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Book Review: Power of the Matchmaker

Updated: Oct 27, 2020

There’s an art to getting people hooked on a series. One of the ways to do it is to write a “prequel” novella and set it for free in the hope that the hook will cause people to go check out the rest of the series.

Power of the Matchmaker is just that. A hook.

Mei lives in rural pre-Boxer-Rebellion China. (It’s not terribly clear.) Her family, like so many, is very traditional. Believes in arranged marriages. Mei doesn’t. She’s been in love with her neighbor Chen for as long as she’s lived. So when the matchmaker decides to match them with other people, Mei wants Chen to run away with her to Shanghai. Chen refuses, choosing instead to marry his arranged match. Mei, repulsed by her match, leaves taking with her a precious possession and her hopes for a better life.

So… This is the story of how the Matchmaker for the rest of the series gets her start. There’s a lot of how crappy it is to be a single woman in 19th century China.

I mentioned earlier that the time period isn’t absolute. The reason I say that is there’s definitely a mish-mash of history going on here. I noticed it where it came to food that a lot of the foods mentioned were either created in America or are Chinese but weren’t created until the 1950s. I’ll admit, Chinese history isn’t my game, but if you’re going to write about a period in history you need to do the research. I only know the food stuff because two of my exes' families were from China (One via China/Taiwan/Argentina/US, the other from Shanghai/US) and food is a big thing with them (One ex’s family had a Chinese Restaurant) so I learned.


Mei goes through a lot of trials and travails. And she’s pretty darn naïve and stupid during it. She’s not willing to steal. She’s not willing to beg. She’s not willing to sell her body. She’s not willing to sell her prized possession from her beloved Chen who so nobly abandoned her to marry his arranged match. So yeah. She’s a bit of a “Too stupid to live” character.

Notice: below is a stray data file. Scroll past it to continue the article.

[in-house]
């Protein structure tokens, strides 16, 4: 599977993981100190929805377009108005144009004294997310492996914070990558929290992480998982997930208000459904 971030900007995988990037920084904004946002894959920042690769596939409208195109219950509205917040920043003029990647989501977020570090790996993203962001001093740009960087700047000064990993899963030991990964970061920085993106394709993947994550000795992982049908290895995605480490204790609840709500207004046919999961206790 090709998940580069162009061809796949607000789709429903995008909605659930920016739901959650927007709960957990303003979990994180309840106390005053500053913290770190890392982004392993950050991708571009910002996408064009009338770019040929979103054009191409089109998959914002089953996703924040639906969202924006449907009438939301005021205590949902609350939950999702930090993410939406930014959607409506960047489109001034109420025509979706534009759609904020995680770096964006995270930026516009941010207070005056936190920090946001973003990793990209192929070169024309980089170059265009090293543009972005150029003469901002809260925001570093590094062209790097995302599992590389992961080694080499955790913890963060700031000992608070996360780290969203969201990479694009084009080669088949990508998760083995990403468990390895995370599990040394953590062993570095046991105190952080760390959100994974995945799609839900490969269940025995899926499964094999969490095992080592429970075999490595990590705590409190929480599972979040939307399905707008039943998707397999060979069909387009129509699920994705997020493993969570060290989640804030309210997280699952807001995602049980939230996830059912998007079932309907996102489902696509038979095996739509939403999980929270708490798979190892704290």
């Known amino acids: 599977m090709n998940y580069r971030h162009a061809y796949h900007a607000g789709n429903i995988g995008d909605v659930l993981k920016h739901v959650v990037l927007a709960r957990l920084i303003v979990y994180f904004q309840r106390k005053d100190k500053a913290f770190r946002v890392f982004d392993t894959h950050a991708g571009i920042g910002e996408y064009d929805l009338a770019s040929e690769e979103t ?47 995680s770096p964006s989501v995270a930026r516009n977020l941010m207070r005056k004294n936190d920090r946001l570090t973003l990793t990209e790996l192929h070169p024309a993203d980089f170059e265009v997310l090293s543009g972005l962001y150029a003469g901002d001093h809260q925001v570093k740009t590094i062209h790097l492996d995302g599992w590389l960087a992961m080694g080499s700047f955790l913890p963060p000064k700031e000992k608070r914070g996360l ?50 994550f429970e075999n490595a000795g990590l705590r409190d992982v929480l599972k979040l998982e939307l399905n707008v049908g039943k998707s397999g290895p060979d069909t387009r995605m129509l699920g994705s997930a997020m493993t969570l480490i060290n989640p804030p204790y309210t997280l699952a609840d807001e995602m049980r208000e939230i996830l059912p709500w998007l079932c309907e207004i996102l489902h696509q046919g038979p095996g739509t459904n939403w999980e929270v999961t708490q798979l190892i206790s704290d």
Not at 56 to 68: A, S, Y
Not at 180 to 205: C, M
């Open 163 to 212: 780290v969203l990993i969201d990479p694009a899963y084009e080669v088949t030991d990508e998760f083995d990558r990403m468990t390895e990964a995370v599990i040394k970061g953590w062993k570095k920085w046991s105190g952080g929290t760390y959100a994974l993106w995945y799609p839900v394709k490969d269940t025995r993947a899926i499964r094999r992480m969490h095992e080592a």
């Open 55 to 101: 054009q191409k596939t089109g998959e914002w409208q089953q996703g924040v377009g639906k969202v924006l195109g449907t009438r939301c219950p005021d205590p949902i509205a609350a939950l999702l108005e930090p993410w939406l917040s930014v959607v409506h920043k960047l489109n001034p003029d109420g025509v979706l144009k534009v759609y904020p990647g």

To get into the rest of the reason why I’m rating this why I am. I need to give a Spoiler Alert.

Thanks, Tom!

So, there isn’t a happy ending. In fact, this isn’t a romance. The main character, Mei, doesn’t end up with anyone at the end. Oh she’s happy with her life choices, which if this wasn’t billed as a romance I’d be totally cool with. But because it is, you need to have a happy ending either a HEA or HFN and the relationship has to be the core and the two protagonists need to be together at the end. It’s a thing. I would have been totally cool if she’d found romance with someone else other than her first love.

But alas… it was not to be!

I get why the author collective did this. To make is so that Mei who is now a long-lived eternal matchmaker can go on and make HEA for white people.

Which leads into the second problem. Mei is turned into a Magical Asian. Oh she’s not a Kung Fu master. But she is there to dispense ageless wisdom and lead the characters to their happy ending. And did I mention that for the rest of the 12 book series all of the characters getting matched up are white? The whole series is also billed as an Inspirational, clean, and wholesome romance.



Worse, the stories aren’t even linked easily so you have to chase down the individual authors to find the books.

The only reason I’m not lowering this to One star is because I really did like Mei’s journey of self discovery and ultimately her choice to embrace a life as a matchmaker. I just wish the Unfortunate Implications weren’t there.

As it is…

Two stars…

If you like reviews like this you can get us a Kofi!

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